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THE NEW MAN – Ephesians 4:17-24

There is more rejoicing in Heaven over a new creation than over a new year in the old creation!

So I tell you this, and insist on it in the Lord, that you must no longer live as the Gentiles do, in the futility of their thinking. They are darkened in their understanding and separated from the life of God because of the ignorance that is in them due to the hardening of their hearts. Having lost all sensitivity, they have given themselves over to sensuality so as to indulge in every kind of impurity, with a continual lust for more.

You, however, did not come to know Christ that way. Surely you heard of Him and were taught in Him in accordance with the truth that is in Jesus. You were taught, with regard to your former way of life, to put off your old self, which is being corrupted by its deceitful desires; to be made new in the attitude of your minds; and to put on the new self, created to be like God in true righteousness and holiness. – Ephesians 4:17-24

The distinctiveness of the Church of Christ, in the writings of Paul, does not lie in how it differs from denominations. There were no denominations. The distinctiveness of the Church was in how it differed from the Gentile world around it. At times, he also points out how the Church differed from the Jews – but here he found much affinity. With the Gentiles, he found mostly difference.

Here, near the middle of the epistle that many say has as its theme the Church, Paul passionately urges all followers of Jesus to put off their old way of living – like the Gentiles – “and to put on the new self, created to be like God in true righteousness and holiness” (vv. 17 & 24).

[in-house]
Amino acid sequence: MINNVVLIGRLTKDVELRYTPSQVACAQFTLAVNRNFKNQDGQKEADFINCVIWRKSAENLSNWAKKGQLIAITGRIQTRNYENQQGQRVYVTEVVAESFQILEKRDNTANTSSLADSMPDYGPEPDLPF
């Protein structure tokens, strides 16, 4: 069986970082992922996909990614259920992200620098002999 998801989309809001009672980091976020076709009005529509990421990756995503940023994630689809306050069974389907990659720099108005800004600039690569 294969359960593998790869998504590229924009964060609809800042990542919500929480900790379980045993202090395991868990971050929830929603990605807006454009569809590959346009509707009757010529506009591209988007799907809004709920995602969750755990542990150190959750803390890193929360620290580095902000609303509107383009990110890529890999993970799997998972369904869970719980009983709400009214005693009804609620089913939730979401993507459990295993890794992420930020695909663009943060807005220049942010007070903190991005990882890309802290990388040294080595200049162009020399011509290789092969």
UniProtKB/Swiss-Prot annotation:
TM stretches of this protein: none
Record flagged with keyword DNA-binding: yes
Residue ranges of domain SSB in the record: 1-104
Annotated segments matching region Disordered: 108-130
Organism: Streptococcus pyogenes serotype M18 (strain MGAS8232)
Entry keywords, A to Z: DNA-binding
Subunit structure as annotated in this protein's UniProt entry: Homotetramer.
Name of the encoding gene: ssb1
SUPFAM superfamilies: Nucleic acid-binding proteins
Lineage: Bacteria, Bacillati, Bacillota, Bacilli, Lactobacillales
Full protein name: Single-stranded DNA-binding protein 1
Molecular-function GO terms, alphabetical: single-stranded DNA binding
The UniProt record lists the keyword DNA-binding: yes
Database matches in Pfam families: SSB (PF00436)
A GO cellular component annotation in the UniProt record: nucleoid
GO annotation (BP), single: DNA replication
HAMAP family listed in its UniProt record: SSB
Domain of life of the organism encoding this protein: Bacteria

This, he says, is “in accordance with the truth that is in Jesus” (v.21). How is it that our insistence on “truth” so seldom reaches to truth about personally practicing “true righteousness and holiness” – unless we think this is the truth about the acts of worship, how the church is organized, and the steps to salvation?

For Paul, “the truth that is in Jesus” had to do with the things that made the early Christians distinctive in a Gentile culture.

Some Perspective on How We Got Where We Are

There was a time when most people in this country accepted a generally Christian world-view. The churches all shared this world-view and a common morality. As a result, each sect sought to distinguish itself by doctrines and practices peculiar to itself. Barton W. Stone, the Campbell’s (Thomas and Alexander), as well as a number of others, began their work by calling all the sects to their common heritage and understanding of what serving our Lord is all about. They called for a truce in the battle for distinctions among themselves to simply walk in “the truth that is in Jesus.”

Even then, there was plenty of “Gentile-like behavior” in the culture. There were many with no church background (except what was “in the cultural atmosphere). These provided an ample field for evangelism – had the churches been willing to lay down their swords of opposition to each other to turn them into plows to prepare soil for the sowing of the seed of the Kingdom among those not yet in service to the King.